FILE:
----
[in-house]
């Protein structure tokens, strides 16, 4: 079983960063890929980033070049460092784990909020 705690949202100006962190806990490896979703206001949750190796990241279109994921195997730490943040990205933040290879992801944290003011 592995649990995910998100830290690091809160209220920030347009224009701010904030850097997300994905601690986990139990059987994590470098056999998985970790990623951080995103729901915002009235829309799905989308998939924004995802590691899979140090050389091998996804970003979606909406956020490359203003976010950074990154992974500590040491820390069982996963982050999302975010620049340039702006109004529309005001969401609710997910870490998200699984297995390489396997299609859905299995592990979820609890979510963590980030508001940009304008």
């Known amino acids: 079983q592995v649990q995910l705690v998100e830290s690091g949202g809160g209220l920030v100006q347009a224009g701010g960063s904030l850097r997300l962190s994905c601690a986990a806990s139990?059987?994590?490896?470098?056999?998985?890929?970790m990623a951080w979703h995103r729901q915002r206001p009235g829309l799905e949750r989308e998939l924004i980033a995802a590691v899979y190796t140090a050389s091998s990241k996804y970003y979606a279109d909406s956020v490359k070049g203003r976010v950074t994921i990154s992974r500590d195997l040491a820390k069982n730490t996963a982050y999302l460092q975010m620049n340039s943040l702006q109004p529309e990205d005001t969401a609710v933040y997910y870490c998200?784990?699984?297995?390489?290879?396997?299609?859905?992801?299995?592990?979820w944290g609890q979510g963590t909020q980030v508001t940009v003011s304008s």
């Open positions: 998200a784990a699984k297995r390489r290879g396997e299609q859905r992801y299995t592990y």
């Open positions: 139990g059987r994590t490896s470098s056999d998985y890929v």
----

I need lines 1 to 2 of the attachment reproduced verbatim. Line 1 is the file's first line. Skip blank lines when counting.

[in-house]
């Protein structure tokens, strides 16, 4: 079983960063890929980033070049460092784990909020 705690949202100006962190806990490896979703206001949750190796990241279109994921195997730490943040990205933040290879992801944290003011 592995649990995910998100830290690091809160209220920030347009224009701010904030850097997300994905601690986990139990059987994590470098056999998985970790990623951080995103729901915002009235829309799905989308998939924004995802590691899979140090050389091998996804970003979606909406956020490359203003976010950074990154992974500590040491820390069982996963982050999302975010620049340039702006109004529309005001969401609710997910870490998200699984297995390489396997299609859905299995592990979820609890979510963590980030508001940009304008």